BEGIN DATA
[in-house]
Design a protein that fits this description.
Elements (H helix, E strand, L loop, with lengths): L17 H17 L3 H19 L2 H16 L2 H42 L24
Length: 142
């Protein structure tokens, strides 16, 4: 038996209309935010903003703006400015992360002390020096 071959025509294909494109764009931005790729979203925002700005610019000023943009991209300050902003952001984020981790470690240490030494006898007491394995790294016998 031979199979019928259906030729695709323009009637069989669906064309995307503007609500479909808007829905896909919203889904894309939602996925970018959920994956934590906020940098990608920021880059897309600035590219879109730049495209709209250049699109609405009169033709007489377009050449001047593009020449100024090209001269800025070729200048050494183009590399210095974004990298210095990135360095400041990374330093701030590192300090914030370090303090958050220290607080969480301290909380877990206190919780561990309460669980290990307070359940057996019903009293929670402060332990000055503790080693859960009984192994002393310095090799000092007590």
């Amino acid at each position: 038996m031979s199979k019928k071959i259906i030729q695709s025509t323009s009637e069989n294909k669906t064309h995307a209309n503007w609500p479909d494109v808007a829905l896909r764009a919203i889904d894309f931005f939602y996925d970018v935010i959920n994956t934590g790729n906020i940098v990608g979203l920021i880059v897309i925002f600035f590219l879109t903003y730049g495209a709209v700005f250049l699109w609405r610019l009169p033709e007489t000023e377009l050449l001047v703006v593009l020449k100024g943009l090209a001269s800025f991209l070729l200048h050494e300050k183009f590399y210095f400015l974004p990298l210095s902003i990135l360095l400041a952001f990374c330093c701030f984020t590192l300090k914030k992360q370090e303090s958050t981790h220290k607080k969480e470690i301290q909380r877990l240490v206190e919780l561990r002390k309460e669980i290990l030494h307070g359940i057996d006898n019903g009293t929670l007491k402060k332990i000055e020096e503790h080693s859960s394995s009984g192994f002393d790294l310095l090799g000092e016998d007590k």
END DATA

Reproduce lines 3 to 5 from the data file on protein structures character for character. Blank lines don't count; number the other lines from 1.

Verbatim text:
Elements (H helix, E strand, L loop, with lengths): L17 H17 L3 H19 L2 H16 L2 H42 L24
Length: 142
């Protein structure tokens, strides 16, 4: 038996209309935010903003703006400015992360002390020096 071959025509294909494109764009931005790729979203925002700005610019000023943009991209300050902003952001984020981790470690240490030494006898007491394995790294016998 031979199979019928259906030729695709323009009637069989669906064309995307503007609500479909808007829905896909919203889904894309939602996925970018959920994956934590906020940098990608920021880059897309600035590219879109730049495209709209250049699109609405009169033709007489377009050449001047593009020449100024090209001269800025070729200048050494183009590399210095974004990298210095990135360095400041990374330093701030590192300090914030370090303090958050220290607080969480301290909380877990206190919780561990309460669980290990307070359940057996019903009293929670402060332990000055503790080693859960009984192994002393310095090799000092007590």